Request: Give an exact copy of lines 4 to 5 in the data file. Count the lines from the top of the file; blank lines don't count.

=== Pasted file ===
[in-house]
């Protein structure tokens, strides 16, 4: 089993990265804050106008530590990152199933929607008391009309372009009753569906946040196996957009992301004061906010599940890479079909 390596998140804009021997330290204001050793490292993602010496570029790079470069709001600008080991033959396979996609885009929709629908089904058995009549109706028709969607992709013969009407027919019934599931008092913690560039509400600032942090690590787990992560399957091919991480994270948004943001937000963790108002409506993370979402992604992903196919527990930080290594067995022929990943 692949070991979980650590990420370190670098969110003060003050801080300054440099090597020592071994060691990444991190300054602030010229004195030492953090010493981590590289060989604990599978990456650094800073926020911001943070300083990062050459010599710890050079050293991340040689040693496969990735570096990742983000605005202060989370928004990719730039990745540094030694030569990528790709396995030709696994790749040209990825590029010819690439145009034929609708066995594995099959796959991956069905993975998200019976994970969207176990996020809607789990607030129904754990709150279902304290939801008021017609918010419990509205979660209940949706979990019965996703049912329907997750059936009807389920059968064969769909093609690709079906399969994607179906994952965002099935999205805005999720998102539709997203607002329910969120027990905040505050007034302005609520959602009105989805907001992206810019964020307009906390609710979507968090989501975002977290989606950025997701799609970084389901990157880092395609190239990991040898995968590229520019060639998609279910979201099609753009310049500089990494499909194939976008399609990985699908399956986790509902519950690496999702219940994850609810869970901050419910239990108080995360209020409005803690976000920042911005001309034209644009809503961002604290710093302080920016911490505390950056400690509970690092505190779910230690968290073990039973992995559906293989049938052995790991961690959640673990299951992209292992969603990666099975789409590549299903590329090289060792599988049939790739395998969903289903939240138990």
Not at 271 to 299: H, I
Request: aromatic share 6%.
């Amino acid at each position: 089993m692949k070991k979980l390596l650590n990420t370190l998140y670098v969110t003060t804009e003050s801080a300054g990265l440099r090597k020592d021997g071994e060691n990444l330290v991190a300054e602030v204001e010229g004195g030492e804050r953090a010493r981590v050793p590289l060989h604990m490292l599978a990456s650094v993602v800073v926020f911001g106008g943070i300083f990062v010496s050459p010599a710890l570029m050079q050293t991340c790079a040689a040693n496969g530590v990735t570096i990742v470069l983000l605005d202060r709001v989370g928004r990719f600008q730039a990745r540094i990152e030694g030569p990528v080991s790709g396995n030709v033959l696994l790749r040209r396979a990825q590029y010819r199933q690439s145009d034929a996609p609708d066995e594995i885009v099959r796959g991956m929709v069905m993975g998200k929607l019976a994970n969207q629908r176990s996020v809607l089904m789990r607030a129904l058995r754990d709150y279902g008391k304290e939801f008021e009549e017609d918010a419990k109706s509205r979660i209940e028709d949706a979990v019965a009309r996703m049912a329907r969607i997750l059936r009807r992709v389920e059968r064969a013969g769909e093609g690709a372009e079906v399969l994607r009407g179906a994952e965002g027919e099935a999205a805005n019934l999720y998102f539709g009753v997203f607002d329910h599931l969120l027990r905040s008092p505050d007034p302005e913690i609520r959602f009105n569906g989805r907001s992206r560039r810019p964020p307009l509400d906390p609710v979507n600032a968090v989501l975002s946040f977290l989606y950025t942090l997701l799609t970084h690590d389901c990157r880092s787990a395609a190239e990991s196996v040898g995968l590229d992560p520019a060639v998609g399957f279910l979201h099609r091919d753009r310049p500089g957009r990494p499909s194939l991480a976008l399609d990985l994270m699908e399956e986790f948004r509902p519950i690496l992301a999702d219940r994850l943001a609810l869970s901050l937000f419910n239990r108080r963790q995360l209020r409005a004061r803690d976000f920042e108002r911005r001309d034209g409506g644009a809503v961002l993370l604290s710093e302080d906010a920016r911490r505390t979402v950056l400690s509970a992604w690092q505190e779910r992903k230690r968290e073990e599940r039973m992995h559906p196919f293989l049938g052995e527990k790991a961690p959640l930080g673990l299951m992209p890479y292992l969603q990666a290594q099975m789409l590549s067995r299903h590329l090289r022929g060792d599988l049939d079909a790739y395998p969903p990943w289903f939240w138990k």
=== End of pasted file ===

Request: aromatic share 6%.
């Amino acid at each position: 089993m692949k070991k979980l390596l650590n990420t370190l998140y670098v969110t003060t804009e003050s801080a300054g990265l440099r090597k020592d021997g071994e060691n990444l330290v991190a300054e602030v204001e010229g004195g030492e804050r953090a010493r981590v050793p590289l060989h604990m490292l599978a990456s650094v993602v800073v926020f911001g106008g943070i300083f990062v010496s050459p010599a710890l570029m050079q050293t991340c790079a040689a040693n496969g530590v990735t570096i990742v470069l983000l605005d202060r709001v989370g928004r990719f600008q730039a990745r540094i990152e030694g030569p990528v080991s790709g396995n030709v033959l696994l790749r040209r396979a990825q590029y010819r199933q690439s145009d034929a996609p609708d066995e594995i885009v099959r796959g991956m929709v069905m993975g998200k929607l019976a994970n969207q629908r176990s996020v809607l089904m789990r607030a129904l058995r754990d709150y279902g008391k304290e939801f008021e009549e017609d918010a419990k109706s509205r979660i209940e028709d949706a979990v019965a009309r996703m049912a329907r969607i997750l059936r009807r992709v389920e059968r064969a013969g769909e093609g690709a372009e079906v399969l994607r009407g179906a994952e965002g027919e099935a999205a805005n019934l999720y998102f539709g009753v997203f607002d329910h599931l969120l027990r905040s008092p505050d007034p302005e913690i609520r959602f009105n569906g989805r907001s992206r560039r810019p964020p307009l509400d906390p609710v979507n600032a968090v989501l975002s946040f977290l989606y950025t942090l997701l799609t970084h690590d389901c990157r880092s787990a395609a190239e990991s196996v040898g995968l590229d992560p520019a060639v998609g399957f279910l979201h099609r091919d753009r310049p500089g957009r990494p499909s194939l991480a976008l399609d990985l994270m699908e399956e986790f948004r509902p519950i690496l992301a999702d219940r994850l943001a609810l869970s901050l937000f419910n239990r108080r963790q995360l209020r409005a004061r803690d976000f920042e108002r911005r001309d034209g409506g644009a809503v961002l993370l604290s710093e302080d906010a920016r911490r505390t979402v950056l400690s509970a992604w690092q505190e779910r992903k230690r968290e073990e599940r039973m992995h559906p196919f293989l049938g052995e527990k790991a961690p959640l930080g673990l299951m992209p890479y292992l969603q990666a290594q099975m789409l590549s067995r299903h590329l090289r022929g060792d599988l049939d079909a790739y395998p969903p990943w289903f939240w138990k």